This is a picture of Caroline, the girl who picked Woofie up, kept him over night and handed him off to the pilot who flew the first leg with him.
So the story had a happy ending for Woofie – but it does not end here.
|We asked Greg how it was for a culturally Deaf person to obtain a permit to fly.
“Myself, and most Deaf, think spatially, meaning we see pictures in our mind. I’ve been told that most hearing people don’t have a need, so they don’t develop this part of their brain, but that every Deaf person does. Back in the days of teletype sequence reports (1960s), I could look at papers on a desk and see in my mind the graphic weather such as we have today on the internet. I could also run my finger along the pencil course line on the Sectional chart on my lap as I flew – and have a moving map display 30 years before Garmin. More importantly, I could look at the instruments on the panel and see in my mind the attitude of the aircraft.
So, Deaf have the potential to be excellent pilots, except that we can’t hear on the radio. I now have a Cochlear implant. The air traffic system is based upon the principle of “see and avoid”, and Deaf have no problem seeing. The problem is that modern aviation has developed into a system of not looking to “see” until somebody tells you on the radio where to look and what for. Hearing isn’t really the issue, not looking is the issue. Glider pilots learn from the beginning to look out the window, not at the instrument panel. (That is why we have a “yaw string”.) Glider pilots still look for traffic, many gliders still don’t have radios or electricity to run them. Deaf are much safer and more comfortable flying gliders. So, I am demonstrating that Deaf have the skill and ability to “see and avoid” plus use hearing aids, Cochlear implant, or another pilot, on the radio.
I have helped several people who are Deaf get their pilot certificate, and I tell them: Don’t worry, it isn’t English that you don’t understand, it is Aviation. And everybody, even hearing people, has to learn it to pass the test.”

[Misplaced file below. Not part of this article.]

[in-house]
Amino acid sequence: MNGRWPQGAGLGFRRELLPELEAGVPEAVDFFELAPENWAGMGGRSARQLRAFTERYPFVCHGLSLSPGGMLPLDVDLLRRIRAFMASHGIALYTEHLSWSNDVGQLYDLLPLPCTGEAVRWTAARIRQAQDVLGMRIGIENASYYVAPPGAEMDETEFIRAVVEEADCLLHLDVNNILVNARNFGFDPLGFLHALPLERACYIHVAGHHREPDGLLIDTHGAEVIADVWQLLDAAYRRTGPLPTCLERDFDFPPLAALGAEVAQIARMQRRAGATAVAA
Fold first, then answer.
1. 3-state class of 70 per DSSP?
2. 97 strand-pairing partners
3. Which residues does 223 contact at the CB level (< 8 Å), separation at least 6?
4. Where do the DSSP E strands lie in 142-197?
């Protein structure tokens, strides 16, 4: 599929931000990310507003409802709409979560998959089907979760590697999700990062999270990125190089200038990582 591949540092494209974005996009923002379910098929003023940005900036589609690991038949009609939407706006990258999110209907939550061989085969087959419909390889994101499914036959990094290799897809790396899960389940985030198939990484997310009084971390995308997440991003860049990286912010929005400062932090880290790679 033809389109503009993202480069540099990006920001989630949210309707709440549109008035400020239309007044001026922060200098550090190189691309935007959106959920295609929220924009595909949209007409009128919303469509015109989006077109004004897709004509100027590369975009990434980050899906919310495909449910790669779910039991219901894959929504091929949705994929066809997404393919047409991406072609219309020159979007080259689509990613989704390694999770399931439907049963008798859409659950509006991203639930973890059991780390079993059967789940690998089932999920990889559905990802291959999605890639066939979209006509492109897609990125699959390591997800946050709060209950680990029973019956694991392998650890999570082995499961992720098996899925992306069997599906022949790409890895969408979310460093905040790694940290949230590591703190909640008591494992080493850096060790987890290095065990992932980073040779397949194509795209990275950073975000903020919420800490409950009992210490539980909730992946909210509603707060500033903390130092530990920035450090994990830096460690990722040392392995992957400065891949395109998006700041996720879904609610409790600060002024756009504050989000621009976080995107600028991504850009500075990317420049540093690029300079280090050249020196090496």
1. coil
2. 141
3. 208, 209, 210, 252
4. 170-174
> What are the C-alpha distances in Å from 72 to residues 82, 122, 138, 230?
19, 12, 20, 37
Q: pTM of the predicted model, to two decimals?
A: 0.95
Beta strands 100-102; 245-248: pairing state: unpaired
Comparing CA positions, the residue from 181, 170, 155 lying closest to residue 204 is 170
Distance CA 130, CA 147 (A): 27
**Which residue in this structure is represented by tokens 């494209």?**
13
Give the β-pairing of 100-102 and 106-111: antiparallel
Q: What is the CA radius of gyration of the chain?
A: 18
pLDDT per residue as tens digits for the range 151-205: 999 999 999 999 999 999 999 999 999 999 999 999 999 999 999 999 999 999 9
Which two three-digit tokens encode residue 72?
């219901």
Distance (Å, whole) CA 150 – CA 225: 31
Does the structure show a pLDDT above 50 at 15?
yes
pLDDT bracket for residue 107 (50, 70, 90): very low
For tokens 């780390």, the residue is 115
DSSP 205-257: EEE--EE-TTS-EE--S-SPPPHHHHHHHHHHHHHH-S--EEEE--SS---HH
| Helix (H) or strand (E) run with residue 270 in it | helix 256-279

Greg is still waiting for his aircraft, but he and his Tee are already a pack, doing everything in their power to rescue as many dogs as possible. Every day they get several notices from Pilots N Paws about dogs that need to be rescued, so Greg is establishing contacts like Kimberly all over the country. The dogs are getting rescued, but often with a lot of complications and at high expenses, requiring many financial donations.
“All this is greatly appreciated,” says Greg, “But it’s not necessary! We could have rescued Woofie in a few hours, using less than half as much gas – auto gas, not aviation fuel – if we could fly a Pipistrel!”
And indeed one of Greg’s customers, Mr. John Stewart, researched every aircraft imaginable for the purpose of rescuing dogs – and finally ordered a Virus SW.
“The Pipistrel Virus, Virus SW, and Sinus are unique for dog rescue given their exceptional economy and range,” says Mr. Stewart, “Especially with the Virus SW easily pulling pups through the sky with the Rotax 912 iS Sport engine, which adds enough range even for non-stops from the Southeastern United States, where there are countless dogs waiting dismally, to New England, where there is considerable demand for rescue dogs and especially puppies. While other aircraft are suitable for carrying larger numbers of dogs, the Pipistrel can fit a niche for rescuing puppies, small dogs, or possibly a larger one – if utilizing some of the space with the left seat removed and the dog secure. Lastly, the favorable glide ratios of Pipistrel aircraft provide a safety advantage for locating an alternative airport if the dogs are flown at a lower altitude (to lessen ear discomfort for dogs). So here is yet another use of a Pipistrel motor-glider!”